Inequalities and Equivalence: Less-than and Greater-than

Topics: Science

Less-than and Greater-than

We're going to start with inequalities, beginning with a short introduction. This lecture
will give you the basic idea behind symbols like < b, x > y and c ≤ d. The first four of
these are really well-defined mathematical concepts.
Inequalities, Basic Ideas
Let's start from the top and draw a real number line. And suppose here is 0, here is
the number 2. here is the number 3.1, and let us consider this statement: 2 < 3.1.
This funny little pacman symbol here pointing that way means "is less than." So here
we have a statement; let us think about what it means and see why it is true. This
statement: 2 < 3.1 means "2 is to the left of 3.

1 on the real number line." Let's say
11.78 < 3.1; say it's about there. Fact: 11.78 is also to the left of 3.1 on the number
line (on a real number line). In general when we write A less than B, we mean A
wherever it is on the real number line (on a real number line).
The symbol < denotes less than. There is no universally accepted symbol for greater
than. It can be written as >, or 2, or sometimes it is not written at all. When two
numbers are compared using S, it means that the first number (on the left) is less
than the second number (on the right). For example, 3.

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1 <2 means that 3.1 is less
than 2. The other comparison operators are: >, >=, and ≤ .
Here's this funny symbol, x << y. And you actually never see this in a proper math
textbook, because it's not really a proper mathematical concept. But you'll see this all
the time in data science. What this really means x is much, much less than y. So for
instance, the statement 1 < 1,000,000 might be a reasonable thing. I would argue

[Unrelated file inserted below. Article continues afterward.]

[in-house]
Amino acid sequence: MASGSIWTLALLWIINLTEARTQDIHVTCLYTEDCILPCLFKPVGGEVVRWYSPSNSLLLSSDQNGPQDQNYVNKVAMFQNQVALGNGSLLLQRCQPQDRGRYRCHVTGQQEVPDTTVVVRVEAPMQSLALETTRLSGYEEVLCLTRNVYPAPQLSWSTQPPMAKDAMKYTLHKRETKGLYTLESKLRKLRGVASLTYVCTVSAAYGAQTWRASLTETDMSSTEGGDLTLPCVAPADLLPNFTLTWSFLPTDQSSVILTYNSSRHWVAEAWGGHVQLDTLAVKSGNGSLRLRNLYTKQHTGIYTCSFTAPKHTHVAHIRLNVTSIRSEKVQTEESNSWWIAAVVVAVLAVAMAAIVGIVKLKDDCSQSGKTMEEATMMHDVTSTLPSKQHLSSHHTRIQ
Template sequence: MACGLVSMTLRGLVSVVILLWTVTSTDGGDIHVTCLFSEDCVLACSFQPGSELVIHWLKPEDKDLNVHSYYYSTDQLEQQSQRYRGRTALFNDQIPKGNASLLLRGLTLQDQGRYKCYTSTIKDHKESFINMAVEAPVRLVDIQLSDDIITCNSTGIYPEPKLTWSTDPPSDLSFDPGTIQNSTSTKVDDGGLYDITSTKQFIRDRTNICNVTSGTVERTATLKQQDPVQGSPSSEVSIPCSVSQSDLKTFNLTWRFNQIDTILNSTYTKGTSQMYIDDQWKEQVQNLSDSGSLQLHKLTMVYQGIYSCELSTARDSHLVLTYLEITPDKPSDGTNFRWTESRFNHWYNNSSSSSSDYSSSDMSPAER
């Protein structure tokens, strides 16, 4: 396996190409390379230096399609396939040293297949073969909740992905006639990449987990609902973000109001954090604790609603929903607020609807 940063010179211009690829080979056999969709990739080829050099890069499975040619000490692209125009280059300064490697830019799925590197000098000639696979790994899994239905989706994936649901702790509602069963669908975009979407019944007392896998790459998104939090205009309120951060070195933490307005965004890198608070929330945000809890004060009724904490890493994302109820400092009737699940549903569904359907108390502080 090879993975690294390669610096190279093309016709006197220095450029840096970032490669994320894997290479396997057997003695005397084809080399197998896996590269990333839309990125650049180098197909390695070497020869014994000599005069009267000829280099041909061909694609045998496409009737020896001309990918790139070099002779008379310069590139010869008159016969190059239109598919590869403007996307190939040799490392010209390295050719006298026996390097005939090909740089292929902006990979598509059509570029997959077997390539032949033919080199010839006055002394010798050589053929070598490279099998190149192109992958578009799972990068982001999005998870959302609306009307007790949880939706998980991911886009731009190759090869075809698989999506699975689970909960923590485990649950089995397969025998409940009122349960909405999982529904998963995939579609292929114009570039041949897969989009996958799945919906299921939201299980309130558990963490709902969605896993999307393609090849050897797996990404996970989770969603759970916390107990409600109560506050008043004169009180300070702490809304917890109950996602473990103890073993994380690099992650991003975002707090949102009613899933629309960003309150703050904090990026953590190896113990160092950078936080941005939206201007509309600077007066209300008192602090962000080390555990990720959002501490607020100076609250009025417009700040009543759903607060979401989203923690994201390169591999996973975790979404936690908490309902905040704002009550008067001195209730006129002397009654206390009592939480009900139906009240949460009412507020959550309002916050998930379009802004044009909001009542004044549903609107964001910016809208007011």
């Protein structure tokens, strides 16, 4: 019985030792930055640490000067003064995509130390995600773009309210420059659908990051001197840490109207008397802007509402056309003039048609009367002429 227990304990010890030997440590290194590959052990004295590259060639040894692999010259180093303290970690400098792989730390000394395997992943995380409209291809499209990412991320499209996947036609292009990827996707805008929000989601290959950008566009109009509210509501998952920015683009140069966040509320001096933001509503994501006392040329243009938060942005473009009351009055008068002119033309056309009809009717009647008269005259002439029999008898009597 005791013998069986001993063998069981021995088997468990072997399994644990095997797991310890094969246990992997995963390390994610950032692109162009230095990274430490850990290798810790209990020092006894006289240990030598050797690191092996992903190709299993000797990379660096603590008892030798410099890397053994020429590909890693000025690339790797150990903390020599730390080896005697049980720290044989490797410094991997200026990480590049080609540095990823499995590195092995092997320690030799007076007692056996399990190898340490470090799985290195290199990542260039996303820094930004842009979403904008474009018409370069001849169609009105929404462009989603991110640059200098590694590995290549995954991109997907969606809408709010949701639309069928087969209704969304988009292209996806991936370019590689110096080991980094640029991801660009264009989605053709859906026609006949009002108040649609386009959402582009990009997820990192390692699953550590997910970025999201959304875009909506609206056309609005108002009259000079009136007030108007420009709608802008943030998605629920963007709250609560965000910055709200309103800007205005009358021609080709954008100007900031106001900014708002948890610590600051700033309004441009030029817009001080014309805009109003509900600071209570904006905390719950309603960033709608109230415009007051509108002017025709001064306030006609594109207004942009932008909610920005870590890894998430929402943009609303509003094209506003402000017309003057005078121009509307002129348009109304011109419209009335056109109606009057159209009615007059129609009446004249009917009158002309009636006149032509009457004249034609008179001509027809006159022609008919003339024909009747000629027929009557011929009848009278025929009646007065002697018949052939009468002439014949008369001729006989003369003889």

that it is not true. It is not possible for a judge to determine whether this statement is
true or false. Whereas a statement like 2 < 3.1 can be determined to be either true or
false. It is much less than. It's in the eye of the beholder but we tend to agree on
what it means. Thus far we have considered statements with greater than and less
than statements: now let's think about equal to statements.
To write the mathematical symbol "<=" as "less than or equal to," one should first
write the less-than sign and then place a horizontal line below it. One also
sometimes sees this symbol written as "a < b". This means that a <b, or a = b. It's
just shorthand way of saying that either a is less than b. or a is equal to b. If one
wants to write the sentence "a is less than or equal to b", it can be written two ways:
"a <b" or "a ≤b".
When a claim is made, you can test it by trying to disprove it by showing that one of
its statements is false, while the other is true. For example, suppose someone claims
that 2 < 3.1. This means that either 2 < 3.1, or 2 = 3.1. The former statement is false,
since 2 > 3 Therefore, the person's claim 1S true only if he meant the latter
statement and said that 2 = 3.
Suppose someone claims that 2 is less than or equal to 0.8. This means either 2 <
0.8 or 2 = 0.8. However, both statements are false and so the claim is itself false
This concludes the lecture on basic inequalities. We've learned what less than
means, greater than, less than or equal to, and greater than or equal to, all of which
are standard mathematical concepts. We've also learned what it means to say that
A <B, which is not a standard mathematical concept but one that people use

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Inequalities and Equivalence: Less-than and Greater-than. (2023, Aug 02). Retrieved from

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